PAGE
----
Great_Depression_and_the_New_Deal_----_(Primary_Documents_of_the_Great_Depression_and_the_New_Deal). - Primary Documents of the Great Depression and the


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Primary Documents of the Great Depression and the New Deal Document 1 THE DEBATE OVER RELIEF OnFebruary2,1932,adebatebeganintheU.S.Senateoverafederalun- employment relief bill sponsored by Robert M. La Follette, Jr., of Wis- consin, and Edward P. Costigan, of Colorado, both counted among the progressives of their parties. This was the first time during the depres- sion that a bill to provide federal relief had reached the floor of either house of Congress. La Follette and Costigan had held extensive hearings duringtheprecedingtwomonthsandcollectedanenormousbodyoftes- timony showing that the funds available both to private charitable orga- nizations and to city and state relief agencies were now overwhelmed by the sheer magnitude of the unemployment problem. Staunchly opposed by Republican regulars and the president, providing federal money to the states for relief now had substantial support among Democrats and progressive Republicans. Too much disagreement over the method of furnishing federal relief still remained at this point in the session to per- mit the La Follette-Costigan Bill to pass. The February debate, however, focused national attention on the issue. Later in the session the Demo- cratic leadership succeeded in passing a bill that, after compromise, the president agreed to sign. La Follette had opened the process that led to the massive relief effort of the New Deal. La Follette opened the debate with a three-hour speech, excerpted here, in which he summarized the evidence his hearings had accumu- lated and passionately exposed the fallacies of those who still opposed Himmelberg, Robert F.. <i>Great Depression and the New Deal</i>, Greenwood Publishing Group, Incorporated, 2000. ProQuest Ebook Central, . Created from itup on 2019-10-15 03:17:04. Copyright © 2000. Greenwood Publishing Group, Incorporated. All rights reserved.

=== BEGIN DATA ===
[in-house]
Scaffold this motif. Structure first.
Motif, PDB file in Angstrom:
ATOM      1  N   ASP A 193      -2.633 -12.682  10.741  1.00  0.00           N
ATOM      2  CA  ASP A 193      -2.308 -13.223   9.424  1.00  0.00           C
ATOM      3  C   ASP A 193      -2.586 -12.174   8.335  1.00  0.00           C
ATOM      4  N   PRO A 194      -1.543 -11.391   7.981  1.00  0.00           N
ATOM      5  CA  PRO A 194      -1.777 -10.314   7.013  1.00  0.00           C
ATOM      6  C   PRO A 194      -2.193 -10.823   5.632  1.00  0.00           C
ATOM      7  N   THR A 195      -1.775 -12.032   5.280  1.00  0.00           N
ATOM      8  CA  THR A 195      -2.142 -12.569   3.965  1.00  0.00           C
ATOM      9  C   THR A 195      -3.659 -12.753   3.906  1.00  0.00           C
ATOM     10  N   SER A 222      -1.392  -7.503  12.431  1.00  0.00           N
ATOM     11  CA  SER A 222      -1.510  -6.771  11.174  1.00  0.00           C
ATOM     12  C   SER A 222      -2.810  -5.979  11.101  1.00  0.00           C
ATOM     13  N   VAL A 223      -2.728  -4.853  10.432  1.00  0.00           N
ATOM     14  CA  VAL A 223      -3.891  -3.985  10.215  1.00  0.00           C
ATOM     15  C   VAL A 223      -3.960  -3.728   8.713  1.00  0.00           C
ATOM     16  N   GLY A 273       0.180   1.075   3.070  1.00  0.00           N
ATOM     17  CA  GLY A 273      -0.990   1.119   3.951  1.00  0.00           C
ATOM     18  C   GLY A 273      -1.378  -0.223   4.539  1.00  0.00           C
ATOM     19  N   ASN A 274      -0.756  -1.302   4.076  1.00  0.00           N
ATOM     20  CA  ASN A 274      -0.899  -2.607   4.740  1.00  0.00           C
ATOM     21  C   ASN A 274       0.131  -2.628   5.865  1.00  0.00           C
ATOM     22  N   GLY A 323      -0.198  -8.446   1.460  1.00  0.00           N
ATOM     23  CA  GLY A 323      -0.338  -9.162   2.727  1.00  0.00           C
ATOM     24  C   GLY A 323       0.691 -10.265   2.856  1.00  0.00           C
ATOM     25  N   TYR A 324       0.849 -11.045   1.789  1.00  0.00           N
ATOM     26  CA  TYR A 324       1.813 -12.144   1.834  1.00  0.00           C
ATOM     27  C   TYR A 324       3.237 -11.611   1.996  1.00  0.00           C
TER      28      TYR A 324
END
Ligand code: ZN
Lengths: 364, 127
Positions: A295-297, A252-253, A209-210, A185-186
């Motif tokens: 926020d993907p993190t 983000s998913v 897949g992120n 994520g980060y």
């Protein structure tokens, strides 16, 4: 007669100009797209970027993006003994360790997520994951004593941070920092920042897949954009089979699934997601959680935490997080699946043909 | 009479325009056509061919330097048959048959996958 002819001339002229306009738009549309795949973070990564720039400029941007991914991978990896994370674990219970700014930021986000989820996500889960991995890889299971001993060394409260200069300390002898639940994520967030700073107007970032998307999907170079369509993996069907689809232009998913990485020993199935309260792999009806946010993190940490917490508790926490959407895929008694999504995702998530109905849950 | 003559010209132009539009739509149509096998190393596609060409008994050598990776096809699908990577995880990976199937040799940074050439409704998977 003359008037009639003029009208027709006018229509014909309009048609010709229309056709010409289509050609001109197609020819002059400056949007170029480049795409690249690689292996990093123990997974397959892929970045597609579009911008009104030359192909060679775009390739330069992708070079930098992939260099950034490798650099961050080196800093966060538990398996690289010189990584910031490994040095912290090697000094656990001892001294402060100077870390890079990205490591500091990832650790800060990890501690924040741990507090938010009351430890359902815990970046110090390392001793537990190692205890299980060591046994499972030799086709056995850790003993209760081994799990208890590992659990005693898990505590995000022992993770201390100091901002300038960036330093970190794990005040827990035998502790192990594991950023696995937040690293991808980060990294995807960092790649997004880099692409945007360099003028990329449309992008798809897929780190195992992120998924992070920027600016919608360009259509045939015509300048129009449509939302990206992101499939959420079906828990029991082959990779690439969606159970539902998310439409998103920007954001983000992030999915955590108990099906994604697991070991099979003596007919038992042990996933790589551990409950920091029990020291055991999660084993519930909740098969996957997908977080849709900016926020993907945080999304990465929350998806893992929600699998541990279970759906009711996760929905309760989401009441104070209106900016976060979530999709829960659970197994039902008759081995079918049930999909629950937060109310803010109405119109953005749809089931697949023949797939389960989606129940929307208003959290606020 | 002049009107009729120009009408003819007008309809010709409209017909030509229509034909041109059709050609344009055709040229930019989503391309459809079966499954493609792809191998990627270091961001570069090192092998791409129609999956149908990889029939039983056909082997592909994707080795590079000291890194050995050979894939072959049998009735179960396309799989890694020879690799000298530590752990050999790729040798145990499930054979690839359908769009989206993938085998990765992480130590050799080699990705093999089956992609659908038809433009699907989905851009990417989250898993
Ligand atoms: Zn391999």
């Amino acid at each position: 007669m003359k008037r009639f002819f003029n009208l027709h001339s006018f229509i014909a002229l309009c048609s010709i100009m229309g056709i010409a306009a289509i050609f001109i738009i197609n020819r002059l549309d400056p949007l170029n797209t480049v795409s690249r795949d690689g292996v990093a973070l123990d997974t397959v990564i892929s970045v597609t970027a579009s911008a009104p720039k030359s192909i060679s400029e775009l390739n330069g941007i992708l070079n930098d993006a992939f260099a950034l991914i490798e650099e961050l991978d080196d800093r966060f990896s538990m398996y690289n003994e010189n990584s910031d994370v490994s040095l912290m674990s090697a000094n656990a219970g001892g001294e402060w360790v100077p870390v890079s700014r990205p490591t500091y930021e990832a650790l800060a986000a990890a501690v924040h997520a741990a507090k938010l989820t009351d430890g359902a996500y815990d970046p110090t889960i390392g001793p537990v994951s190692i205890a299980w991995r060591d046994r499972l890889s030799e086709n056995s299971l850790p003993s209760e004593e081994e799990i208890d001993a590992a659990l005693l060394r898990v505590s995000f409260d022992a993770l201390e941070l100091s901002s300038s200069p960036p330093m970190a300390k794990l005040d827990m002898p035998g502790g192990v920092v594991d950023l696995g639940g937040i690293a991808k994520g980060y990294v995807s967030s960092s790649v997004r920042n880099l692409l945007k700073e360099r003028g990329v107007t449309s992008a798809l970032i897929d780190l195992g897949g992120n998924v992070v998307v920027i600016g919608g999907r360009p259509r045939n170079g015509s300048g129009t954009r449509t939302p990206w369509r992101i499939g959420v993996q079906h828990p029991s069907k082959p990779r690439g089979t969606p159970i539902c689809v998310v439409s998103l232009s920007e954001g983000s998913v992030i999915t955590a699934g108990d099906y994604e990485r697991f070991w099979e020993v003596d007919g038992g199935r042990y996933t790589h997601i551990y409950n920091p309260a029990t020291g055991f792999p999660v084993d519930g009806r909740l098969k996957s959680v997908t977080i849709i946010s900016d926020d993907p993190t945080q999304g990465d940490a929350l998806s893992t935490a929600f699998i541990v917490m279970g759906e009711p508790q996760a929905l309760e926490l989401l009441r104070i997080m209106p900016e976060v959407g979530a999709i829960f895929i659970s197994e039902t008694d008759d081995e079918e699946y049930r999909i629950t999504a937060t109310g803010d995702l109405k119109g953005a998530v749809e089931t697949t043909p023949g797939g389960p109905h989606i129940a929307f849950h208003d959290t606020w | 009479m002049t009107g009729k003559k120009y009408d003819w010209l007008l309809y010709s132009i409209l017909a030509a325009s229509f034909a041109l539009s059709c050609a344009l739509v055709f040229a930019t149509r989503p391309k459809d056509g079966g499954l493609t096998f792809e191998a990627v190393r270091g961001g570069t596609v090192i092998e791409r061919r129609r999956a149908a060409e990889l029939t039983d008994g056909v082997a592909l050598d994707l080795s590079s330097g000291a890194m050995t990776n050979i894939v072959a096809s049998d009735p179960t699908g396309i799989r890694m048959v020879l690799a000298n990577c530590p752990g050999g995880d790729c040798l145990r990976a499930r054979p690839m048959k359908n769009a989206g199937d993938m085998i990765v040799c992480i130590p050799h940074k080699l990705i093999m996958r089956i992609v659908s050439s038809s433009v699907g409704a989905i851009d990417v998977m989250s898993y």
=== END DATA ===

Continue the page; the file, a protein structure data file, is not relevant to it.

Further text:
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federal relief. Note that the custom of the Senate is for its members to address the chair when speaking, rather than to address one another di- rectly. The chair, the presiding officer (the vice-president of the United States, if he is present), is addressed as “Mr. President.” La Follette is not addressing the president of the United States. Mr. President, we are in the third winter of the most serious economic cri- sis which has ever confronted this country. Mr. President, the wage earner is not primarily concerned with the fall in prices of securities; he is not forced merely to postpone the purchase of a new automobile; he cannot reduce his living standard by abandoning his country house in Florida during the winter season; he loses his economic all in a period of protracted depression. During the period since this depression began, this is the first time that Congress has turned seriously to the consideration of the rank and file of the people of the United States.
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